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    Well - I may have made a mistake, that can happen when trying to demonstrate something on the fly... lets have a look in more detail... the problematic example was:
    You wanted to know how the second step turned into the third one? Here it is, step-by-step, without the integral signs to confuse things:$$\frac{1}{x^2}\left ( 2x^3 - 4 \right ) = \frac{1}{x^2}(2x^3) + \frac{1}{x^2}(-4) = \frac{2x^3}{x^2}-\frac{4}{x^2}=2x - 4x^{-2}$$... that was just ##a(b+c)=ab+ac## where ##a=1/x^2##, ##b=x^3##, and ##c=-4##.

    The negative exponent is because $$a^{-n}=\frac{1}{a^n}$$... so I could type it out quickly. It's also useful for applying integration rules since all exponents apart from "-1" follow the same rule.

    It looks like I did make a mistake with the integration though. $$\int (2x-4x^{-2})dx=2\int xdx-4\int x^{-2}dx = x^2+4x^{-1}+c$$ since: $$\frac{d}{dx} \left ( x^{-1} + c \right ) = -x^{-2}\\ \Rightarrow x^{-1} + c = -\int x^{-2}dx$$ (... to see how I did that - integrate both sides in the top line.)
    Yes they will - time and time again. Algebra is to math what grammar is to language - you would not expect to do well with literature without first understanding grammar would you?

    Your algebra troubles are very serious and you will not advance in calculus without addressing them. They are so severe that for us to continue coaching you here is likely a waste of your time and ours.

    To continue with calculus you need an algebra tutor - someone who is prepared to sit down and watch you work through the problems and patiently show you where your thinking is out.
  13. Mar 13, 2013 #12

    Simon Bridge

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    Reviewing - I am concerned that I may not have been as clear as I needed to be before...
    The fraction sign is a division - not just a fancy way to write a number.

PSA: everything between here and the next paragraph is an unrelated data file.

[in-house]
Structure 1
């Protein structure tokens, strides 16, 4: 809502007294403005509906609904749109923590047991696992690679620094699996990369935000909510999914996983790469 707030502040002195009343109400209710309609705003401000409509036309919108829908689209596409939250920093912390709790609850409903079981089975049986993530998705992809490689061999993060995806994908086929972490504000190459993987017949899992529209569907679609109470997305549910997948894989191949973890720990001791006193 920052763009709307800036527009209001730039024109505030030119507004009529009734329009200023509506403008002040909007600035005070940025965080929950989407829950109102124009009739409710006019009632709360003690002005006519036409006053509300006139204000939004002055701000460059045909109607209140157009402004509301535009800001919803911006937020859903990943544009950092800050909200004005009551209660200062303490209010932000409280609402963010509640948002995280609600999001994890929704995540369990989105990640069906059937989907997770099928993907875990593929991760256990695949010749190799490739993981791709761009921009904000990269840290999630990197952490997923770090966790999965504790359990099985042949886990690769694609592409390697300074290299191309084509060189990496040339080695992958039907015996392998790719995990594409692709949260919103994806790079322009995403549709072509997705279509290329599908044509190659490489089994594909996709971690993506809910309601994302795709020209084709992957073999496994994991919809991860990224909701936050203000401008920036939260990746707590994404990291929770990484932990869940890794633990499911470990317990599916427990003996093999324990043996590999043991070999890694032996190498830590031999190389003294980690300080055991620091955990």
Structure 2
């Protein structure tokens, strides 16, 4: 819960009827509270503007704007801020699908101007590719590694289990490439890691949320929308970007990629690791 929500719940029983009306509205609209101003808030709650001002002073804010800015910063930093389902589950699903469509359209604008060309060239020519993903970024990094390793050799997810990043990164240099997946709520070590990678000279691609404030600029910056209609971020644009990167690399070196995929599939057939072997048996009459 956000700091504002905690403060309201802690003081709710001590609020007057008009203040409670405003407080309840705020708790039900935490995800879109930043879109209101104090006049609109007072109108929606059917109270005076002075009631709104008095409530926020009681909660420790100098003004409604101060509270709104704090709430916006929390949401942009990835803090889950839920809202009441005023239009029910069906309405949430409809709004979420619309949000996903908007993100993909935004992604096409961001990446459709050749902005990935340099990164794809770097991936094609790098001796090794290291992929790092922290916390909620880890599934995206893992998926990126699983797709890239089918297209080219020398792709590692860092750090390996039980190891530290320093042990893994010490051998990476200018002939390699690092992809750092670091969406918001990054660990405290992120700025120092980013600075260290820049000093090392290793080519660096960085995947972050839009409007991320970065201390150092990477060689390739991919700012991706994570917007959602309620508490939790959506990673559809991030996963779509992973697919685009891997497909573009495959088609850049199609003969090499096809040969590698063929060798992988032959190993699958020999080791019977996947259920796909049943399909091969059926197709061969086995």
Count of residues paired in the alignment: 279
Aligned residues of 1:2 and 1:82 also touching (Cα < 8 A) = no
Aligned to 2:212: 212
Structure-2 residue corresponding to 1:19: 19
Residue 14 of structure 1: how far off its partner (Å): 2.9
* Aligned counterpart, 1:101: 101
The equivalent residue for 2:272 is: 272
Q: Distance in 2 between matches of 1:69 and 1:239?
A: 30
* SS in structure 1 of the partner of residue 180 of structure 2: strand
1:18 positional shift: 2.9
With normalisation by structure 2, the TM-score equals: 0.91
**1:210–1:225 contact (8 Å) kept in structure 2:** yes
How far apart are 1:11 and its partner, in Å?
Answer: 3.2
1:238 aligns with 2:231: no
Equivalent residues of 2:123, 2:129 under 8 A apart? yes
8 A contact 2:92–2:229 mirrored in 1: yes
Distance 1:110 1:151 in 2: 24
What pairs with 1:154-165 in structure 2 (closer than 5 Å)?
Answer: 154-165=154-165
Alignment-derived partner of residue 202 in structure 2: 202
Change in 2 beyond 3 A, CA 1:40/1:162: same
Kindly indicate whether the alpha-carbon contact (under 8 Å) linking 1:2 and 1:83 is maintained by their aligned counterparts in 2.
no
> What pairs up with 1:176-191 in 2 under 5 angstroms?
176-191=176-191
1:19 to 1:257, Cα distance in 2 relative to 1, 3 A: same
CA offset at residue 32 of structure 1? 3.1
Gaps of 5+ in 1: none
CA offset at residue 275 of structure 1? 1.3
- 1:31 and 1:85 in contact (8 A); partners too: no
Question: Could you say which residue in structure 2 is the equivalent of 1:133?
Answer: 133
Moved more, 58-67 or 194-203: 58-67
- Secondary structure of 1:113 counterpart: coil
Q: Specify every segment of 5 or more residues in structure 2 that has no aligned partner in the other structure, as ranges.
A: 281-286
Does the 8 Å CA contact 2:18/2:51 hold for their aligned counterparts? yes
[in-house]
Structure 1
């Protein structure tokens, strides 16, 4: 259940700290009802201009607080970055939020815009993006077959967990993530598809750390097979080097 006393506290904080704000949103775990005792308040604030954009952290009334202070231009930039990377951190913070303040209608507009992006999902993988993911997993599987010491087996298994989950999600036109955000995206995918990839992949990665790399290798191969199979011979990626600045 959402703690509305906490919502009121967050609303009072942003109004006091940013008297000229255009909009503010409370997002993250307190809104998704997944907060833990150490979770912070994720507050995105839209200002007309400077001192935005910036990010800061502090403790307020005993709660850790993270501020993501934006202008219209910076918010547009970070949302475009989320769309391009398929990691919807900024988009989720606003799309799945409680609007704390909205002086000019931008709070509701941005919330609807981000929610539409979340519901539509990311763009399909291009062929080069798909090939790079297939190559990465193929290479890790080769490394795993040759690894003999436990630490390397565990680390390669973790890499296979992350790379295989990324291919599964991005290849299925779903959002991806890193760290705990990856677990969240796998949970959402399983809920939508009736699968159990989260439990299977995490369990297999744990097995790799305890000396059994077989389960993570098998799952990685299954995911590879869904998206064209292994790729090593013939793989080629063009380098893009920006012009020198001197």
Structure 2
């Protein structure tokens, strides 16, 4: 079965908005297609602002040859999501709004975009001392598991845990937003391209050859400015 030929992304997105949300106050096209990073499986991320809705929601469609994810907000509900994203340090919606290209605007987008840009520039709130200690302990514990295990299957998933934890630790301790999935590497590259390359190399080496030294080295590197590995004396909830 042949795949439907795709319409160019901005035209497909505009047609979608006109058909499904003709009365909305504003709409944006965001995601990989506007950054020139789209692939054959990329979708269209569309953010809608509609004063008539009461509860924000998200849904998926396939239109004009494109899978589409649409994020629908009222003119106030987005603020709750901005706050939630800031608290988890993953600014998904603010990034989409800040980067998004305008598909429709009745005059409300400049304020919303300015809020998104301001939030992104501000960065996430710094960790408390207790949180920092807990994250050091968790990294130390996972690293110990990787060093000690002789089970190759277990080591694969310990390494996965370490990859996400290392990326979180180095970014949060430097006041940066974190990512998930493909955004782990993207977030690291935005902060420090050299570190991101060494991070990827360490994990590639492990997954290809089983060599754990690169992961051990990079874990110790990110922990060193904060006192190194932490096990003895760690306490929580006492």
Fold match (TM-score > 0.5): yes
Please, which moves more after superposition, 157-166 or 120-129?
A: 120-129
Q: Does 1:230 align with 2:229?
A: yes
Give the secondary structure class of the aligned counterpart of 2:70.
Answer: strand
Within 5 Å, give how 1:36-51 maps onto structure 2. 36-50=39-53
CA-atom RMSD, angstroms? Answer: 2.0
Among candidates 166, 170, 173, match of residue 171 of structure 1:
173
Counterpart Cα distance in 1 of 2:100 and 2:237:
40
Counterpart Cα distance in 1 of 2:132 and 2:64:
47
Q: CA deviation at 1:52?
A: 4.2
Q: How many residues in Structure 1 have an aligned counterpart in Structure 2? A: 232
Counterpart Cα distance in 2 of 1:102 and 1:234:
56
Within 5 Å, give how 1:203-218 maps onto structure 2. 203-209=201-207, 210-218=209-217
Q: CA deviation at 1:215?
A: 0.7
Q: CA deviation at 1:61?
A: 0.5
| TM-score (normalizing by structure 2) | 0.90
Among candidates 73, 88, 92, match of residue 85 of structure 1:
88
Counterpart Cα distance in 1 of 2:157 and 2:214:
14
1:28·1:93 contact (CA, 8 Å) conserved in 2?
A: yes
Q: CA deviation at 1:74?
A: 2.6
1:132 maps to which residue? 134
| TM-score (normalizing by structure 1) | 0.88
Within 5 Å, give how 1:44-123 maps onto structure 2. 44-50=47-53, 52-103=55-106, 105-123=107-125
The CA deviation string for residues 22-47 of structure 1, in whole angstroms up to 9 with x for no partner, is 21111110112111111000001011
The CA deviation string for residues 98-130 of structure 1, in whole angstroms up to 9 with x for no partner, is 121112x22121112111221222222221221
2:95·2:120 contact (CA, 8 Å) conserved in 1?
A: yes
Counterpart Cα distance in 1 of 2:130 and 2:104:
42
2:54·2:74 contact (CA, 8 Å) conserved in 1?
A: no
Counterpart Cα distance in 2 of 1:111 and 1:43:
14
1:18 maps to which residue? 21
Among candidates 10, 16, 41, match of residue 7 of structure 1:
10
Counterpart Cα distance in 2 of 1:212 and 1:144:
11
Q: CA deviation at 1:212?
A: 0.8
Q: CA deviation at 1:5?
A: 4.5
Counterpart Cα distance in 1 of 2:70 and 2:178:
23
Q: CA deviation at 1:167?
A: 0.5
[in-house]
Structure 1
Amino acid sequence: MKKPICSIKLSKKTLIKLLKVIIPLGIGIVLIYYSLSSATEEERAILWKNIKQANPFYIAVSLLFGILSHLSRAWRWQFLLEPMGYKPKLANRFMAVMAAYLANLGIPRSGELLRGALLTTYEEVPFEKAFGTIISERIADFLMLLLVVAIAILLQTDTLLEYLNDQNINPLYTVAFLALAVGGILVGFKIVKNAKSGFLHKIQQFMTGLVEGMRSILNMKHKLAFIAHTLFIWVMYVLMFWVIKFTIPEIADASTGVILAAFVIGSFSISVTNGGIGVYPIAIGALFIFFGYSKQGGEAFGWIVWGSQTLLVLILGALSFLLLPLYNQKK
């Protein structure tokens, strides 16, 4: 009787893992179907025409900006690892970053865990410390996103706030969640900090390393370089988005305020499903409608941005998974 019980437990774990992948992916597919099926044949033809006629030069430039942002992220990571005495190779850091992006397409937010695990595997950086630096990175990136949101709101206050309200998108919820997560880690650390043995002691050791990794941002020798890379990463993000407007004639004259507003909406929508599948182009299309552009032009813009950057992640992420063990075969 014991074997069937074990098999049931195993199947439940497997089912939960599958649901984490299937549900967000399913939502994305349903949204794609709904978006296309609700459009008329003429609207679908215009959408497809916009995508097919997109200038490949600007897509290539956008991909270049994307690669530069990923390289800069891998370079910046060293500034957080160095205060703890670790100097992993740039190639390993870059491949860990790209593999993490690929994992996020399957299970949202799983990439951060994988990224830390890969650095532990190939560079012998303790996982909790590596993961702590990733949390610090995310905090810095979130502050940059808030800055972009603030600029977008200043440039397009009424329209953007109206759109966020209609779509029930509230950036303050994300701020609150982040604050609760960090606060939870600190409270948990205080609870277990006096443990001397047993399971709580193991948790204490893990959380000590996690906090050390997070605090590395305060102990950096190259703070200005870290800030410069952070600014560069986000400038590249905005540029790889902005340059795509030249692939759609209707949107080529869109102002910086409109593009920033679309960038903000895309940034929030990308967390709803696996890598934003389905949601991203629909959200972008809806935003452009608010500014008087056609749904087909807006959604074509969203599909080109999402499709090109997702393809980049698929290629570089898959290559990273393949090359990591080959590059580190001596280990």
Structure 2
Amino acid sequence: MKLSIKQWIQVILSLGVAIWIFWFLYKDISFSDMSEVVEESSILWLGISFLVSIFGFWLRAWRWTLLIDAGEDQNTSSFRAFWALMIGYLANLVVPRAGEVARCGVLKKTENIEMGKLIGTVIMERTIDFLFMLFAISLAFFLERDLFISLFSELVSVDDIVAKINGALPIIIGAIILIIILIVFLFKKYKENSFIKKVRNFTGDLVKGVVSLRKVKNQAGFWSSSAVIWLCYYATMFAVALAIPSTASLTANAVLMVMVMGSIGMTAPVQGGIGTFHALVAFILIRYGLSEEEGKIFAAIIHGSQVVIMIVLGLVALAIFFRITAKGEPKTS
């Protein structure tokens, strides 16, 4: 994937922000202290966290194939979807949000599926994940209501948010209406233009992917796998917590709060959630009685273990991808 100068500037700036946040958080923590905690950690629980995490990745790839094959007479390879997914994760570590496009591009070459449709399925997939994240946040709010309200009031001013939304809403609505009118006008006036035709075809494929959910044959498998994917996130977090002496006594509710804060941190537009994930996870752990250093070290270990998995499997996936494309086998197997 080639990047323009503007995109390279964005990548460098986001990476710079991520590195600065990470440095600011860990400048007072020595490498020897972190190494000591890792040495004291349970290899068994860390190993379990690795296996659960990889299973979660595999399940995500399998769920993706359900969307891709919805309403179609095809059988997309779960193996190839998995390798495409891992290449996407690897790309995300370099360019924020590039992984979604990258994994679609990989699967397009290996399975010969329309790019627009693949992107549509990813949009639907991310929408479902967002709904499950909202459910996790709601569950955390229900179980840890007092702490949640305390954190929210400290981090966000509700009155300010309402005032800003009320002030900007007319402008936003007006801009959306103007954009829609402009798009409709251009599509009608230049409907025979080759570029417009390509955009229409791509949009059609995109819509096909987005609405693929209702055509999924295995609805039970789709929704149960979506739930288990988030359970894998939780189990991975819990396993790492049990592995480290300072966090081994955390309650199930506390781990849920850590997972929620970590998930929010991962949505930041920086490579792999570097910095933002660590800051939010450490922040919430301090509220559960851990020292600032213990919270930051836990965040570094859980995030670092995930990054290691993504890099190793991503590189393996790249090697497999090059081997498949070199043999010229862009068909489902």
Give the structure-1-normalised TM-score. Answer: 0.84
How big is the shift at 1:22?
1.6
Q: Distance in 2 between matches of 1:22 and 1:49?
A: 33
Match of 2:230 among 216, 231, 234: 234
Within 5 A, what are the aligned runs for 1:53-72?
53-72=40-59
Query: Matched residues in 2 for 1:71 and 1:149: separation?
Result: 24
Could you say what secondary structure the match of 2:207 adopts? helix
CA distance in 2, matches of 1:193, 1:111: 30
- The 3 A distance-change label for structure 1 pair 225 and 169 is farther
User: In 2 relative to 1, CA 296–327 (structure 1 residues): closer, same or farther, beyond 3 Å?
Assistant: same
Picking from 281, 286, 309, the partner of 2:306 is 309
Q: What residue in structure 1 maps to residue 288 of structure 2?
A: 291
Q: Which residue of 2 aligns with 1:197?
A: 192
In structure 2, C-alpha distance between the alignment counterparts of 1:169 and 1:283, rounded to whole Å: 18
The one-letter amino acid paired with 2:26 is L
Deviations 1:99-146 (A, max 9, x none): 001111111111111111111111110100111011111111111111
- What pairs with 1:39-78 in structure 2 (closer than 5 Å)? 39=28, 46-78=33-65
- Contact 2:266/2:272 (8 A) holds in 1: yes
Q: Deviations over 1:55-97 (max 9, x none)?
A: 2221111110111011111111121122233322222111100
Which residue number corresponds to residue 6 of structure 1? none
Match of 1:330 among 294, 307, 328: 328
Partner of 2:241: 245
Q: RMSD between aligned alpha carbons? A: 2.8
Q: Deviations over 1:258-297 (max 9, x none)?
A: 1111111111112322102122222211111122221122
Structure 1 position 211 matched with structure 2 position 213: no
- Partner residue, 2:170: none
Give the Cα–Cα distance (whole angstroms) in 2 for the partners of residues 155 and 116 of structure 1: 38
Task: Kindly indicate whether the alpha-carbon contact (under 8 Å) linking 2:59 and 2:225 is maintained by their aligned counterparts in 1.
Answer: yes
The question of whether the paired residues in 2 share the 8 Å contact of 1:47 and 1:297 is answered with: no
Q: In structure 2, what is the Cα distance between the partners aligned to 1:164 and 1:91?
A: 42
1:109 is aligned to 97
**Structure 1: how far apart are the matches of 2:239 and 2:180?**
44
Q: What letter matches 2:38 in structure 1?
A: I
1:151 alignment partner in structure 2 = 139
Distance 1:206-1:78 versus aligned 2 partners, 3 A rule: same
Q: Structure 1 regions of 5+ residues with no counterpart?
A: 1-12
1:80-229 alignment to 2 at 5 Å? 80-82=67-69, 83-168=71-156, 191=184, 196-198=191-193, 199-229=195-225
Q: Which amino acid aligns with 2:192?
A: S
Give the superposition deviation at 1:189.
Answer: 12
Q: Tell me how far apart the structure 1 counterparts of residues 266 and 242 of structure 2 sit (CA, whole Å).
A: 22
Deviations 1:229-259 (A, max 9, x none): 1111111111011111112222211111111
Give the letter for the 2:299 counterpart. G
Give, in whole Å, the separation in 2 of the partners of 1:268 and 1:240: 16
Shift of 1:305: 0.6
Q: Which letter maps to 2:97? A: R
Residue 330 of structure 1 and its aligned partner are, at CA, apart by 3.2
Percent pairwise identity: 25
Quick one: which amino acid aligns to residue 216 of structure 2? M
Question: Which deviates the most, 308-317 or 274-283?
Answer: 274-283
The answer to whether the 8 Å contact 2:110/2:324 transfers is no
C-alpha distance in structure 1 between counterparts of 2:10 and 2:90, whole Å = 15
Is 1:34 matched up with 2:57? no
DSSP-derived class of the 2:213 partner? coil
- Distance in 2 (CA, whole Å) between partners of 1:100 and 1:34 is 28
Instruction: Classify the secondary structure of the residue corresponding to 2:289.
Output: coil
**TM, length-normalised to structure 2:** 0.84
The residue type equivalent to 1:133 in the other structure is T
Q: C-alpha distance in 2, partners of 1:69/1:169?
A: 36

So: $$\frac{a}{b}=a\div b$$ Multiplying fractions goes like this: $$\frac{a}{b}\frac{c}{d}=\frac{ac}{bd}$$ but we have to bear in mind that every number is an implied fraction so: $$a \Leftrightarrow \frac{a}{1}$$ so $$\frac{1}{a}b=\frac{1}{a}\frac{b}{1}=\frac{b}{a}=b\div a$$... applying that to the example (last post) $$\frac{1}{x^2}(2x^3)=\frac{1}{x^2}\frac{2x^3}{1}=\frac{2x^3}{x^2}=2x^3\div x^2 = 2x$$ ...but we'd normally think of it like this: $$ \frac{2x^3}{x^2}=\frac{2x(x^2)}{x^2}=\frac{2x}{1} \frac{x^2}{x^2}=\frac{2x}{1}\frac{1}{1}=2x$$ ... where we notice that ##2x^3=2x\times x^2## and apply the multiplication rule (earlier) in reverse.


    Aside: there's a caveat here - ##2\frac{1}{2}## is read as "two and a half" in English text, but it is read "two multiplied by one divided by two" (i.e. "one") in algebra.
  14. Mar 14, 2013 #13

    Alright, thanks for the clarity. And I agree, I would need to go over Algebra again, perhaps more vigorously than before.

    Simon Bridge,

    Ah, I see, that step-by-step of the example helped out. For some reason I didnt see the 1 / x2 as what it really is, its difficult to explain. I was trying to figure out how to multiply 1 / x2 by 2x3. If I saw .5 instead of a 1 / 2, I could instantly tell that .5 * 2 would be half of two. When I saw 1 / x2 I was trying to see how it would go into 2x3, I find it hard to explain what I was thinking, sorry.